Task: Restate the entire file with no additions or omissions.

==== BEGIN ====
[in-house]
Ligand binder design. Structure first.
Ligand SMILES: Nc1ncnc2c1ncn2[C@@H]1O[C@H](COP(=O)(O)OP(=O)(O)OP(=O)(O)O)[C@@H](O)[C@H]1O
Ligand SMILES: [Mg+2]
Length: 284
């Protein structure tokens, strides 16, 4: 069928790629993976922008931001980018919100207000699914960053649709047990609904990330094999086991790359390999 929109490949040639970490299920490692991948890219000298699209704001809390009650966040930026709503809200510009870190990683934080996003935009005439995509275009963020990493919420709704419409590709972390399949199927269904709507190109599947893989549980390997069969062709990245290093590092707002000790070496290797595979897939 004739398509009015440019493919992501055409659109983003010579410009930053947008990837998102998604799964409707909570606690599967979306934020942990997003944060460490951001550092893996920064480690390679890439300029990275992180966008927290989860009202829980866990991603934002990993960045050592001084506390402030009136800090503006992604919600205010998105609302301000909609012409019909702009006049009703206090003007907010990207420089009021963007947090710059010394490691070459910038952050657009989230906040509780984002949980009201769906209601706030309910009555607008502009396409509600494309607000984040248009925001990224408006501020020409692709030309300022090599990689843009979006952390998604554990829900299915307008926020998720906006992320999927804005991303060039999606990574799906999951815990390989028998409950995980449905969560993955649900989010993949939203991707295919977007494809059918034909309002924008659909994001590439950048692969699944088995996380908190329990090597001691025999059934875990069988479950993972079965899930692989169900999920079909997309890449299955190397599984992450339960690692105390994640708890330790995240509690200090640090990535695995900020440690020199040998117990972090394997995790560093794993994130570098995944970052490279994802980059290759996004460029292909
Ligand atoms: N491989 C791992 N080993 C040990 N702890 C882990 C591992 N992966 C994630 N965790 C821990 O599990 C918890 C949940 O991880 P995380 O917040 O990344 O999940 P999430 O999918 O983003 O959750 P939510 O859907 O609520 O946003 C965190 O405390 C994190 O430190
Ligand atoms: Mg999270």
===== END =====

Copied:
[in-house]
Ligand binder design. Structure first.
Ligand SMILES: Nc1ncnc2c1ncn2[C@@H]1O[C@H](COP(=O)(O)OP(=O)(O)OP(=O)(O)O)[C@@H](O)[C@H]1O
Ligand SMILES: [Mg+2]
Length: 284
């Protein structure tokens, strides 16, 4: 069928790629993976922008931001980018919100207000699914960053649709047990609904990330094999086991790359390999 929109490949040639970490299920490692991948890219000298699209704001809390009650966040930026709503809200510009870190990683934080996003935009005439995509275009963020990493919420709704419409590709972390399949199927269904709507190109599947893989549980390997069969062709990245290093590092707002000790070496290797595979897939 004739398509009015440019493919992501055409659109983003010579410009930053947008990837998102998604799964409707909570606690599967979306934020942990997003944060460490951001550092893996920064480690390679890439300029990275992180966008927290989860009202829980866990991603934002990993960045050592001084506390402030009136800090503006992604919600205010998105609302301000909609012409019909702009006049009703206090003007907010990207420089009021963007947090710059010394490691070459910038952050657009989230906040509780984002949980009201769906209601706030309910009555607008502009396409509600494309607000984040248009925001990224408006501020020409692709030309300022090599990689843009979006952390998604554990829900299915307008926020998720906006992320999927804005991303060039999606990574799906999951815990390989028998409950995980449905969560993955649900989010993949939203991707295919977007494809059918034909309002924008659909994001590439950048692969699944088995996380908190329990090597001691025999059934875990069988479950993972079965899930692989169900999920079909997309890449299955190397599984992450339960690692105390994640708890330790995240509690200090640090990535695995900020440690020199040998117990972090394997995790560093794993994130570098995944970052490279994802980059290759996004460029292909
Ligand atoms: N491989 C791992 N080993 C040990 N702890 C882990 C591992 N992966 C994630 N965790 C821990 O599990 C918890 C949940 O991880 P995380 O917040 O990344 O999940 P999430 O999918 O983003 O959750 P939510 O859907 O609520 O946003 C965190 O405390 C994190 O430190
Ligand atoms: Mg999270």